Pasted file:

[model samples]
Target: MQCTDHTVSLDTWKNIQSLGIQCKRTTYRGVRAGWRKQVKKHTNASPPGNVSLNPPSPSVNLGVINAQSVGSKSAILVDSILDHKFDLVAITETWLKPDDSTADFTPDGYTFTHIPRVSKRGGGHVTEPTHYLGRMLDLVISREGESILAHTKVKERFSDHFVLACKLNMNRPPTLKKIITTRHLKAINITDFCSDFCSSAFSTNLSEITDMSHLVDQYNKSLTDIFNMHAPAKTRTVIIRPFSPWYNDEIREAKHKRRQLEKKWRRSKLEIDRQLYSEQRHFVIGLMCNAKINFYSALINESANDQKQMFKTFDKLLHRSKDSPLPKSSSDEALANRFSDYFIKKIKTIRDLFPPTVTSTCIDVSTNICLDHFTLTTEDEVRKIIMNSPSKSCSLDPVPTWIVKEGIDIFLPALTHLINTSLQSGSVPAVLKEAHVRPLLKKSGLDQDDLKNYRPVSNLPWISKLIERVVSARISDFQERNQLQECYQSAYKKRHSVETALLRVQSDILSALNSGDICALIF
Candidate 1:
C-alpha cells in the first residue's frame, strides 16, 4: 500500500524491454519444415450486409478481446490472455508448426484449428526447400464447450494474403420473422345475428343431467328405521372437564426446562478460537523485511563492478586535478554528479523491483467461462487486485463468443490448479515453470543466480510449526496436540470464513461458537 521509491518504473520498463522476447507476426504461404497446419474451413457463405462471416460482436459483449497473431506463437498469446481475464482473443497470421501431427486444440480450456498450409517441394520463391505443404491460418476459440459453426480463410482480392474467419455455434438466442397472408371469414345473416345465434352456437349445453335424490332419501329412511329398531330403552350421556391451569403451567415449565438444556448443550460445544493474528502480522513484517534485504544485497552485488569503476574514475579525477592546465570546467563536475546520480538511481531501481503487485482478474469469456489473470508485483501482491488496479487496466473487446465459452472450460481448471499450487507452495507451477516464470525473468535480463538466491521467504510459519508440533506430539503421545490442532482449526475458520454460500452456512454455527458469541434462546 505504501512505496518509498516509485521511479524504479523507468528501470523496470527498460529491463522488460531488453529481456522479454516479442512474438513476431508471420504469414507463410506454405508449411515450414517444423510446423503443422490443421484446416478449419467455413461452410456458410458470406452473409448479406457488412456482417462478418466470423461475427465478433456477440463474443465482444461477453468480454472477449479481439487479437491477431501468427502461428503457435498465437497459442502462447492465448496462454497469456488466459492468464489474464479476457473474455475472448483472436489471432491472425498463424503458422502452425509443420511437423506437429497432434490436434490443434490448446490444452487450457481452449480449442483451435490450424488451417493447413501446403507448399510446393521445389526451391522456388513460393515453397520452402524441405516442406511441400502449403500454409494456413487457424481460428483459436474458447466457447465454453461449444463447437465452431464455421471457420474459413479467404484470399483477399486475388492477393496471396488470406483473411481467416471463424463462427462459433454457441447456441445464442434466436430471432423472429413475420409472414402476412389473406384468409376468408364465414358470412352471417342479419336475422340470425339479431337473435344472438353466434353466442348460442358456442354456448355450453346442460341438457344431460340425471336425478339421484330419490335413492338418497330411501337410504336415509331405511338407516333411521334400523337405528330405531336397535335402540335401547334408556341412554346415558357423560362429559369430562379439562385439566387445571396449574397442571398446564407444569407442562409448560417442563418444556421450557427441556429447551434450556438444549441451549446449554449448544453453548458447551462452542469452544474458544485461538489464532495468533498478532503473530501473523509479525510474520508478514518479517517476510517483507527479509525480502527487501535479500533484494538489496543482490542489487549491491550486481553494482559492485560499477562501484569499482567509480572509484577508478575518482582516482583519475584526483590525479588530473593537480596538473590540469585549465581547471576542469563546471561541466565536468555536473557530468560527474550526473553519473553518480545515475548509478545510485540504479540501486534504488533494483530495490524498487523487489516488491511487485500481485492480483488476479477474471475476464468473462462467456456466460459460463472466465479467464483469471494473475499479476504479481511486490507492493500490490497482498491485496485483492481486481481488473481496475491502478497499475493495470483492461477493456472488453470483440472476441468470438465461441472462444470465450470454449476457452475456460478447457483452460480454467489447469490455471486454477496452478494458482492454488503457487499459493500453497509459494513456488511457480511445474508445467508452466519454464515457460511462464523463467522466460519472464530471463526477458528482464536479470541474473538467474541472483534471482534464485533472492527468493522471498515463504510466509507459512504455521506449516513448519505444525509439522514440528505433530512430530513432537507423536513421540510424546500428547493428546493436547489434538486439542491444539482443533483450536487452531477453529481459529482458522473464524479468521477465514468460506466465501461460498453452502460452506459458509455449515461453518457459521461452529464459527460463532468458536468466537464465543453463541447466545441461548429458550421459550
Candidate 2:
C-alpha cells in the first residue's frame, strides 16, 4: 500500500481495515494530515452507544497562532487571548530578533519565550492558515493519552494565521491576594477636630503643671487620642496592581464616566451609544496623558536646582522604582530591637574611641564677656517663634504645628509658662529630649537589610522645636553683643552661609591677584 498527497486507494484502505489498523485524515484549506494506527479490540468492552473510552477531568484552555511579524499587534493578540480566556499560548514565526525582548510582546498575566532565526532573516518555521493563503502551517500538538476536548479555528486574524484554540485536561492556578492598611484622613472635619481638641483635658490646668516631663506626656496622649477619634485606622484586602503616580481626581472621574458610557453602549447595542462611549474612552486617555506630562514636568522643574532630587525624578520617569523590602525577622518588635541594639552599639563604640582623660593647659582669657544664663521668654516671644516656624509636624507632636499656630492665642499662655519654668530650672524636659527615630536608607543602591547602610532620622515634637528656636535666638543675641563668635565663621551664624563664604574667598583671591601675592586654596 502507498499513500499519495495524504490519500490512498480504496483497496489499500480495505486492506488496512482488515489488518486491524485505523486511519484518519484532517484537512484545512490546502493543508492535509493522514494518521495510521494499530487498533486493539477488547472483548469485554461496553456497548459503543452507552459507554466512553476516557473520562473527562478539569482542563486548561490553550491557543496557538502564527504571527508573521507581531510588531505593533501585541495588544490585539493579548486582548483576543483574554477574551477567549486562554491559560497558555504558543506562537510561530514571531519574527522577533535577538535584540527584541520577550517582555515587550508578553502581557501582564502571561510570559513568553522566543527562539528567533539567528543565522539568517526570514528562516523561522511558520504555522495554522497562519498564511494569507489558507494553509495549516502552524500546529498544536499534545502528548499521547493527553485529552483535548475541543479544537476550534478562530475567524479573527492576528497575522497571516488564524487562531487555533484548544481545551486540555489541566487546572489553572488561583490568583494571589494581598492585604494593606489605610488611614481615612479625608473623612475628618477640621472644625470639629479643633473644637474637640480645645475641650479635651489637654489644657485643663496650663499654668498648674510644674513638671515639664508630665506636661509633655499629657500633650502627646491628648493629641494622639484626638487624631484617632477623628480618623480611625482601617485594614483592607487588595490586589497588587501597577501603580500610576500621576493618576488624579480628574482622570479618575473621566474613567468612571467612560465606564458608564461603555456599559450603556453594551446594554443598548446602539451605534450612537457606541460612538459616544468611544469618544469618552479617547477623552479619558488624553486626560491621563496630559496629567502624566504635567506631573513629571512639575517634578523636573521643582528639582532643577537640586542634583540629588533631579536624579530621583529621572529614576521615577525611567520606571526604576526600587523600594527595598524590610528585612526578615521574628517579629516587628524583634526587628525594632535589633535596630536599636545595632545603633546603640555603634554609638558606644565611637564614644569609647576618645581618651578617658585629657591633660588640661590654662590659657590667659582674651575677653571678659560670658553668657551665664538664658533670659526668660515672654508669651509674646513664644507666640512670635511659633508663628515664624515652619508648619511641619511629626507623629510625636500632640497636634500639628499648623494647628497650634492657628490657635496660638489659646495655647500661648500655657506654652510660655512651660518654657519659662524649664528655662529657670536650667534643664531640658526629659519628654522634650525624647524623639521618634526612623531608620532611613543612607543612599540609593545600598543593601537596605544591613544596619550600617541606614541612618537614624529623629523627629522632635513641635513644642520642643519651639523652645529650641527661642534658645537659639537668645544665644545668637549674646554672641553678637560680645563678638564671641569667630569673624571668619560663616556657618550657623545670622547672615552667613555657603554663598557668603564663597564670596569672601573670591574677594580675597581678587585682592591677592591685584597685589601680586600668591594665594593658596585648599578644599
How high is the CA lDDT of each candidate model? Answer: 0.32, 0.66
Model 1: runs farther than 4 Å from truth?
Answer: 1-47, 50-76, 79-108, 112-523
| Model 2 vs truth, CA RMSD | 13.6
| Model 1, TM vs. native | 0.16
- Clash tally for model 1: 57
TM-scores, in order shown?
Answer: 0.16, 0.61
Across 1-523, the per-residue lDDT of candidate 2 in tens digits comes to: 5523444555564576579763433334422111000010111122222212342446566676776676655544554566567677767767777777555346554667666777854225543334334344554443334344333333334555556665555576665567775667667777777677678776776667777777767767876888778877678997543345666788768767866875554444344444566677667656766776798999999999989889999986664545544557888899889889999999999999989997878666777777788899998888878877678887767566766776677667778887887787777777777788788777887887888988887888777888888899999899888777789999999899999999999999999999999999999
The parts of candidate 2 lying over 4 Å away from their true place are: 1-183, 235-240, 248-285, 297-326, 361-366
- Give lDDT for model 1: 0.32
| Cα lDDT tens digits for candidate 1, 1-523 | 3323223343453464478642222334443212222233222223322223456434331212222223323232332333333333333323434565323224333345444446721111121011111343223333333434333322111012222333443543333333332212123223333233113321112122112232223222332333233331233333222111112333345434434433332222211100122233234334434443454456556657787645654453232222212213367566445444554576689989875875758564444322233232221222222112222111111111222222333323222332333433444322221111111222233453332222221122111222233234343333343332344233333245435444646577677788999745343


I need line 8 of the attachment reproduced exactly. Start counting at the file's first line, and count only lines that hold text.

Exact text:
Model 1: runs farther than 4 Å from truth?